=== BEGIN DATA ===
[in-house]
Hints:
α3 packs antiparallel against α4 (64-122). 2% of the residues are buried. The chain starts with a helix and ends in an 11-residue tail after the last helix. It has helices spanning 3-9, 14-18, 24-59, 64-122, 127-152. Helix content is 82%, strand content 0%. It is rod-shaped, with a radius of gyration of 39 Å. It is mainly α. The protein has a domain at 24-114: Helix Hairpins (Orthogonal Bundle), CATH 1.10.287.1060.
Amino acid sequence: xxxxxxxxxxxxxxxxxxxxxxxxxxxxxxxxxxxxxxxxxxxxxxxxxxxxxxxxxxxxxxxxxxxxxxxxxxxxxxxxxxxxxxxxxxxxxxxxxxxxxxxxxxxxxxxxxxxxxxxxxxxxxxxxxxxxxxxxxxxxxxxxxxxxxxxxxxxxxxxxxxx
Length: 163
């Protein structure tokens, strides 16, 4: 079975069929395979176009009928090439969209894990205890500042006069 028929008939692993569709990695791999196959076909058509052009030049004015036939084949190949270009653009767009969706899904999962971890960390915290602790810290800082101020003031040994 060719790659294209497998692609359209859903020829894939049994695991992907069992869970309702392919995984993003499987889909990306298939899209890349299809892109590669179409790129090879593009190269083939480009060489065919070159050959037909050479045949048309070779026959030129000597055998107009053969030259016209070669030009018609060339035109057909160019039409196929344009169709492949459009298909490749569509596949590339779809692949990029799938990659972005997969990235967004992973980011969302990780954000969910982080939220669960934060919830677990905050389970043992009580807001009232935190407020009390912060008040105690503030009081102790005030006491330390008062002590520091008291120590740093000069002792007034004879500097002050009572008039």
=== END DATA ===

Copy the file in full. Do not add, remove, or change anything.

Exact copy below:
[in-house]
Hints:
α3 packs antiparallel against α4 (64-122). 2% of the residues are buried. The chain starts with a helix and ends in an 11-residue tail after the last helix. It has helices spanning 3-9, 14-18, 24-59, 64-122, 127-152. Helix content is 82%, strand content 0%. It is rod-shaped, with a radius of gyration of 39 Å. It is mainly α. The protein has a domain at 24-114: Helix Hairpins (Orthogonal Bundle), CATH 1.10.287.1060.
Amino acid sequence: xxxxxxxxxxxxxxxxxxxxxxxxxxxxxxxxxxxxxxxxxxxxxxxxxxxxxxxxxxxxxxxxxxxxxxxxxxxxxxxxxxxxxxxxxxxxxxxxxxxxxxxxxxxxxxxxxxxxxxxxxxxxxxxxxxxxxxxxxxxxxxxxxxxxxxxxxxxxxxxxxxx
Length: 163
């Protein structure tokens, strides 16, 4: 079975069929395979176009009928090439969209894990205890500042006069 028929008939692993569709990695791999196959076909058509052009030049004015036939084949190949270009653009767009969706899904999962971890960390915290602790810290800082101020003031040994 060719790659294209497998692609359209859903020829894939049994695991992907069992869970309702392919995984993003499987889909990306298939899209890349299809892109590669179409790129090879593009190269083939480009060489065919070159050959037909050479045949048309070779026959030129000597055998107009053969030259016209070669030009018609060339035109057909160019039409196929344009169709492949459009298909490749569509596949590339779809692949990029799938990659972005997969990235967004992973980011969302990780954000969910982080939220669960934060919830677990905050389970043992009580807001009232935190407020009390912060008040105690503030009081102790005030006491330390008062002590520091008291120590740093000069002792007034004879500097002050009572008039």